Despite implementing aggressive cost containment measures to mitigate the impact of COVID-19, Malaysia Airports is going ahead with the replacement of its ageing assets at KL International Airport (KLIA) as they are critical to the recovery of the national aviation industry.
As air travel gradually return to normal, the aviation industry will have to gear up to cater to the new normal. There will be a high dependency on automation and technology to keep the travelling public safe as the world waits for an effective vaccine. These mission critical upgrades mean that KLIA is ensuring that it is well-prepared for the post COVID-19 new normal, equipped with enhanced services and standards.
The slowdown period is also the perfect opportunity to perform these critical upgrades as it will cause less disruption to airport and airline operations, as well as passenger comfort.
In the next two to three years, KLIA will be upgrading its baggage handling system (BHS), replacing the Aerotrains and completing its washroom refurbishment at its Main terminal.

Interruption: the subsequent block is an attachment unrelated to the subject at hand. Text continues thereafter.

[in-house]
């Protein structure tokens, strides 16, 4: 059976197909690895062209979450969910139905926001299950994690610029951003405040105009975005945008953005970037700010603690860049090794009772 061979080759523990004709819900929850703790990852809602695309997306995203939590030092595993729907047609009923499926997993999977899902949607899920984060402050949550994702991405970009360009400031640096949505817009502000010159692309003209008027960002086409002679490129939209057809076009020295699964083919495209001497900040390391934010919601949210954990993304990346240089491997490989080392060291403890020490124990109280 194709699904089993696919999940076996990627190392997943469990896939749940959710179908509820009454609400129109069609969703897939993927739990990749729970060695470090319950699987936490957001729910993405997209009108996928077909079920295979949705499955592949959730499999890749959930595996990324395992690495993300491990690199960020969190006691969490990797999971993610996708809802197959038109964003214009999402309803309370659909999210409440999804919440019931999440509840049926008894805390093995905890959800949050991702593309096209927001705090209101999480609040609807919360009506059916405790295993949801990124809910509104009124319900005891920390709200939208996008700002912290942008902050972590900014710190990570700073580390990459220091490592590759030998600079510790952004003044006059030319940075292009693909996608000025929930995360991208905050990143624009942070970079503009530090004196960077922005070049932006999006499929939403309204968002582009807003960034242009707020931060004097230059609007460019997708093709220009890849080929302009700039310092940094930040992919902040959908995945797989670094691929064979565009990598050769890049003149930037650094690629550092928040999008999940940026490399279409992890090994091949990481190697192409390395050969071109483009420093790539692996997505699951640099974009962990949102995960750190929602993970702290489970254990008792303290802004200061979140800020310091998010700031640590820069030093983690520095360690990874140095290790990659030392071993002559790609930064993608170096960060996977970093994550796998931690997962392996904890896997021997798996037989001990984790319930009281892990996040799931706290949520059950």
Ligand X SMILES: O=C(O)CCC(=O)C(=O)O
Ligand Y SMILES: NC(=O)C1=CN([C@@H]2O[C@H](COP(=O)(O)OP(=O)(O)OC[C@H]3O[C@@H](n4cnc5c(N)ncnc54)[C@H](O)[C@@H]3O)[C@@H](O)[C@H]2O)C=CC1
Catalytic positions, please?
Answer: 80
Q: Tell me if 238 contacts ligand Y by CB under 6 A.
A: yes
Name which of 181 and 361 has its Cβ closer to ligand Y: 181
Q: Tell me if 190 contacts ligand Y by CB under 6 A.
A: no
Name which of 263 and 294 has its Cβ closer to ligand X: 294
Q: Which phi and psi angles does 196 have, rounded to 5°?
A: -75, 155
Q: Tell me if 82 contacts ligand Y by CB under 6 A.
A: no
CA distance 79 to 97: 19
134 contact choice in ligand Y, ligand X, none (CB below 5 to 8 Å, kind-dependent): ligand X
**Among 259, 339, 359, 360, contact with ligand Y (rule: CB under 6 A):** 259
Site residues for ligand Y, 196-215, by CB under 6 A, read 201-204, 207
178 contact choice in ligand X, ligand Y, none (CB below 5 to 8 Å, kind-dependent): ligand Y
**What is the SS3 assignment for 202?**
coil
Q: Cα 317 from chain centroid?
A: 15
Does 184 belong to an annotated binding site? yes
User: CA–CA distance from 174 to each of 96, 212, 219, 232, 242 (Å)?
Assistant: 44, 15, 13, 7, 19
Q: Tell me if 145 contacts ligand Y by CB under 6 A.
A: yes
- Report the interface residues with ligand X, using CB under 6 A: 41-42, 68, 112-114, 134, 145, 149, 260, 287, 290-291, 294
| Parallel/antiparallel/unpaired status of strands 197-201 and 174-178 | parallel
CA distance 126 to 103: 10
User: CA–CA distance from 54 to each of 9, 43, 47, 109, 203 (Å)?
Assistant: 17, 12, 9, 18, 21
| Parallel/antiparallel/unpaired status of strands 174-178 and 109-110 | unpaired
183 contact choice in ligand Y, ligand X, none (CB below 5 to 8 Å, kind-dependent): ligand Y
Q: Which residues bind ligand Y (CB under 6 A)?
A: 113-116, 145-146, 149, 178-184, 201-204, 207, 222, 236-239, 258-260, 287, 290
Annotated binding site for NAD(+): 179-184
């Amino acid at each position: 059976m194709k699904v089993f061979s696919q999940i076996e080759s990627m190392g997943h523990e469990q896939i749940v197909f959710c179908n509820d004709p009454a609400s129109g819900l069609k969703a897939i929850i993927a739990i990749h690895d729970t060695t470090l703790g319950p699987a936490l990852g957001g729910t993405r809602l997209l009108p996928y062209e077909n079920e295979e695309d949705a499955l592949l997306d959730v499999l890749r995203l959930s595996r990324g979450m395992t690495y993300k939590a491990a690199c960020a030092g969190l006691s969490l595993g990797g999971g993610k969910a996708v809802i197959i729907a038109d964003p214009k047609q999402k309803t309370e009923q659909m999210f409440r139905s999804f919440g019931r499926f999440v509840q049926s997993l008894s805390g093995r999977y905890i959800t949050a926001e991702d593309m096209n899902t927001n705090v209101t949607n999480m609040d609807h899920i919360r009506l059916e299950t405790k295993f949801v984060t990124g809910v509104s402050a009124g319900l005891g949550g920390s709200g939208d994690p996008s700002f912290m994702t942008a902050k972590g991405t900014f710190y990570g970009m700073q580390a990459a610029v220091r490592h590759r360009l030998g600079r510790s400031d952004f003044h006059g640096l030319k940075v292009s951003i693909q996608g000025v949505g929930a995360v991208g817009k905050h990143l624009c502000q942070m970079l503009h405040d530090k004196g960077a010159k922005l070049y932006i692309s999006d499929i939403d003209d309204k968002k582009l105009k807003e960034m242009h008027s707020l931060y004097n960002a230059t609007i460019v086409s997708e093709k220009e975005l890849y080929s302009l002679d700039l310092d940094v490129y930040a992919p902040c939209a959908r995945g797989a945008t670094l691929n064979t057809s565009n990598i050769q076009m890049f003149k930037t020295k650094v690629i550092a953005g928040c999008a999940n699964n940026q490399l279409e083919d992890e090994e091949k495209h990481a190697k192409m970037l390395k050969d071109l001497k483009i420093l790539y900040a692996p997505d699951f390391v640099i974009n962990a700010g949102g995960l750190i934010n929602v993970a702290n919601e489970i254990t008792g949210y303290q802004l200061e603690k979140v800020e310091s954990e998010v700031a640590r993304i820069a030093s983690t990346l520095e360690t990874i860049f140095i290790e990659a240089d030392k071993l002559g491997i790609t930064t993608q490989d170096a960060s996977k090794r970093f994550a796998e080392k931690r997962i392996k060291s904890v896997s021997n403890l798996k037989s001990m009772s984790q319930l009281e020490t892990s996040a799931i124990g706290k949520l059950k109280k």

Modernising the BHS will streamline and enable seamless integration between baggage screening, transportation, sortation, and storage operations. Among others, it will have an ultra high-speed motor that will speed up the current average baggage travelling time and enable faster screening and sorting. The newer technology will improve baggage throughput process resulting in higher volume that can be processed and reduce the waiting time for baggage reclaim process for a better experience.
Over the last 20 years, the terminal’s BHS has been maintained through regular parts replacement programmes in the recommended three to five-year cycles, including sub-system upgrades and modifications to keep up with growing passenger traffic at the airport. Recent sub-system upgrades include merging two carousels into one to lessen the crowding at the baggage reclaim area, particularly for wide body flights which carry larger number of passengers. Last year, the system handled a daily average of 58,000 bags.